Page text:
Umm Auspex, illustrations can be deceiving :) , Cretaceous Ghost shrimp burrows are usually several inches in length. I've been viewing this for a while and I am stumped. I seriously doubt that this is a "mass of coprolites," but I still can't offer a knowledgable guess as to what it really is.

Discovering Fossils - best book about fossils I've ever written. :D

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I am thinking along the same lines as Carl. For reference, the largest piece is .75".

post-382-12590246712058_thumb.jpg

Edited by toothpuller

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but hang on. i mean, ya'll may well be onto the right answer. but what's weird about the specimen in question, if those are coprolites, is the uniformity of them. they all seem almost exactly the same length and diameter, and the ends are rounded just so. the comparative material posted has much greater variance between individual poops.

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Maybe it's a baby crab?

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Ok just to add fuel, here is what a classic Cretaceous Ophiomorpha nodosa ghost shrimp burrow from NJ looks like. It is about 21/2 inches in length and broken on both ends.

post-2027-12590271946963_thumb.jpg

Edited by Smilodon

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I don't have all the answers, but the fossil in question comes from an extremely reworked layer and this might be obscuring some original detail. The size and shape of the pellets does seem more akin to Ophiomorpha burrow linings in which callianassid shrimp are suspected of lining their burrows with agglutinated pelletoidal sediment for stability, but the specimen is much smaller than common Ophiomorpha burrows.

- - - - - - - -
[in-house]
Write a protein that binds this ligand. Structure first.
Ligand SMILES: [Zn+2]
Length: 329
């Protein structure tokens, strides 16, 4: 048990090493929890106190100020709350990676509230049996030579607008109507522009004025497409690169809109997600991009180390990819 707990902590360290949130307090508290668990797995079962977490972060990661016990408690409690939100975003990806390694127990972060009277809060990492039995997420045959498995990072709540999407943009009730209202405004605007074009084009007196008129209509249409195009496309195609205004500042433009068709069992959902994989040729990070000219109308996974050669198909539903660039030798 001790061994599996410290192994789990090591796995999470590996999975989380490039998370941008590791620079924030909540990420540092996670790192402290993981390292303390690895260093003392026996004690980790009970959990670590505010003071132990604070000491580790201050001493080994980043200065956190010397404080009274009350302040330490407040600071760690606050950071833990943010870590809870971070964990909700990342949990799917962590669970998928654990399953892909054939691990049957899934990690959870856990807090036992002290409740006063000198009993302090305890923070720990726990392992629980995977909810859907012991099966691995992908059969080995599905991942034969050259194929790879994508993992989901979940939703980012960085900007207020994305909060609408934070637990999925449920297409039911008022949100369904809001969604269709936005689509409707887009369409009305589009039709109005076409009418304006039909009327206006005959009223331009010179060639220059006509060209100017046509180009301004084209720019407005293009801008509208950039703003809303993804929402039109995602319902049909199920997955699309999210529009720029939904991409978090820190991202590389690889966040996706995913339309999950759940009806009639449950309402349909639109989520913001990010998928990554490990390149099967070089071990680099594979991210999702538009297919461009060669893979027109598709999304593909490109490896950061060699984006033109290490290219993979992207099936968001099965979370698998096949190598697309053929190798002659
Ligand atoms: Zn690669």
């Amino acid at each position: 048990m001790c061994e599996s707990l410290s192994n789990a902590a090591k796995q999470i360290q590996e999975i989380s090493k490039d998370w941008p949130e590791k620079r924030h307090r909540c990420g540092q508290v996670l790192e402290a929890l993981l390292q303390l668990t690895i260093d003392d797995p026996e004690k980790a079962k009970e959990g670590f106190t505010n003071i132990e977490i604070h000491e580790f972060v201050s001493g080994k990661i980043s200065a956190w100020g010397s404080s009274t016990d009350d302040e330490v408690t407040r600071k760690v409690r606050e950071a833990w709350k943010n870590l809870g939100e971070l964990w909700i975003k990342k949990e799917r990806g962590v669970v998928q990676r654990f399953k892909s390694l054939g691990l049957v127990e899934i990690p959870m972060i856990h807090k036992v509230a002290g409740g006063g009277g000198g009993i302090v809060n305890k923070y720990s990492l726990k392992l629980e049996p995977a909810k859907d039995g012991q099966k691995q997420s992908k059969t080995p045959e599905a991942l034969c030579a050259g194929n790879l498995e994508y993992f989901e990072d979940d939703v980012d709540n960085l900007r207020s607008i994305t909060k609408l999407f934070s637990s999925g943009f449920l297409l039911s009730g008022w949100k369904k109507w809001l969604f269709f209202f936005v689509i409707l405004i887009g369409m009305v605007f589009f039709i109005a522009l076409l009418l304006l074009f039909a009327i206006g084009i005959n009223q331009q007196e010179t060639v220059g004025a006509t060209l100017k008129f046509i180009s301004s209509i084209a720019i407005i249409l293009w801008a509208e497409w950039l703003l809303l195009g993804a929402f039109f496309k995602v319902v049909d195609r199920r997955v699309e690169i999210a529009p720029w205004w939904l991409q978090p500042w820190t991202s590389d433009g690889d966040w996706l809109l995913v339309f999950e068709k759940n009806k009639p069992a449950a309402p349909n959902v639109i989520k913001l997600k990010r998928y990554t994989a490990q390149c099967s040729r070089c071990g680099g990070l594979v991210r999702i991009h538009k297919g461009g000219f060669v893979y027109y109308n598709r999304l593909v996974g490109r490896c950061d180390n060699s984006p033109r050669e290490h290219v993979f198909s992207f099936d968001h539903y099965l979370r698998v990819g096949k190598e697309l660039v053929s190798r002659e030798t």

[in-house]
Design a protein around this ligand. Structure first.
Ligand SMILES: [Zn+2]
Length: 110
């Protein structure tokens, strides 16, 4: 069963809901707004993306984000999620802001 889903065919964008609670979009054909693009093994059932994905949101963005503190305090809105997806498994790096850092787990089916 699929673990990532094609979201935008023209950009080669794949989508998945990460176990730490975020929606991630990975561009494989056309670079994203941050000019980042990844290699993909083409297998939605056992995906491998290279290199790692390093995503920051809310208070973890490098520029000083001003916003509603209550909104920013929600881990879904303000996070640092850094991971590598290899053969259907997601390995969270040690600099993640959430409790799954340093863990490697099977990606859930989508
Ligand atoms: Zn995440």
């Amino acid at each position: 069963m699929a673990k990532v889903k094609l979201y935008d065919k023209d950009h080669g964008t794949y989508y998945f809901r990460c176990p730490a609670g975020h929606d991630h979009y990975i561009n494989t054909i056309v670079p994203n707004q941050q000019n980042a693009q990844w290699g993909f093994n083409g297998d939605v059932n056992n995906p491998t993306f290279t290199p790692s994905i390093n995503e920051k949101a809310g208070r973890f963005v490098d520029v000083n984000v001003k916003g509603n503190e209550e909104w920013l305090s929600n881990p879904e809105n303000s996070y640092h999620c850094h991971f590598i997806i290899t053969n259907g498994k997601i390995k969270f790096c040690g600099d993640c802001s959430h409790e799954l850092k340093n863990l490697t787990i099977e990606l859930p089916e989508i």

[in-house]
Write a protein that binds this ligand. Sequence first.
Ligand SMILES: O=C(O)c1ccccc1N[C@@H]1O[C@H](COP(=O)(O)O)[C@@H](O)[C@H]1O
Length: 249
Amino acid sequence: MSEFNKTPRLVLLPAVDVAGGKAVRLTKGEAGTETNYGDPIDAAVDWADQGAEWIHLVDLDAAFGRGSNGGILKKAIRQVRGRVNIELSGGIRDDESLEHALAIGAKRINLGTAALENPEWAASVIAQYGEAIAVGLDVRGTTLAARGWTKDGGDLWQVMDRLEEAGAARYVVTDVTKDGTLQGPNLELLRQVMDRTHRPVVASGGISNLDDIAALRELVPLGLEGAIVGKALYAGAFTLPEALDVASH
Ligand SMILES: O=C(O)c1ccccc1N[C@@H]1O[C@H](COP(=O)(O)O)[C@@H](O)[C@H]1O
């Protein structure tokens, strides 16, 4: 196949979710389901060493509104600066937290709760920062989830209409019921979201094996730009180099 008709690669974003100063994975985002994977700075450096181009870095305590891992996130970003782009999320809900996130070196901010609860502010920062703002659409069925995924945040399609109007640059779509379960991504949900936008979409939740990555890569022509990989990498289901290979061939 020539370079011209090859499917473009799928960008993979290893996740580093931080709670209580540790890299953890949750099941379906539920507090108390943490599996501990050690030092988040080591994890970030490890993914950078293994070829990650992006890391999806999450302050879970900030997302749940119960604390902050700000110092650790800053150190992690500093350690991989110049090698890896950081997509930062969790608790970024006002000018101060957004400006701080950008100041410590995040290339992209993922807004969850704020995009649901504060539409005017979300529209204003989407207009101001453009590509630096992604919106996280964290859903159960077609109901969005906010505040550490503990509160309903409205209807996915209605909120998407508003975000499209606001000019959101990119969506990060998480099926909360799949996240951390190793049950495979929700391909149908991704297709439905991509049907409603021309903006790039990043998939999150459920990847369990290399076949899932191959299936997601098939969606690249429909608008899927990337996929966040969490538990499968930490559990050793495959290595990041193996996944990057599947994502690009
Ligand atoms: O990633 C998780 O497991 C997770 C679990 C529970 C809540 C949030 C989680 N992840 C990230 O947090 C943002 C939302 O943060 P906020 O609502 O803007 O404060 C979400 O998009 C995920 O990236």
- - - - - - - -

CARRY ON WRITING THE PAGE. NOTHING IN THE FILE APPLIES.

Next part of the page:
post-382-12590276866285_thumb.jpg

Looking at my first picture a little closer... it looks like there is quite a bit of variation in my stool sample. Maybe slightly different critters? A couple small pieces seem to have the rounded edges like Daryl's specimen.

but hang on. i mean, ya'll may well be onto the right answer. but what's weird about the specimen in question, if those are coprolites, is the uniformity of them. they all seem almost exactly the same length and diameter, and the ends are rounded just so. the comparative material posted has much greater variance between individual poops.

Edited by toothpuller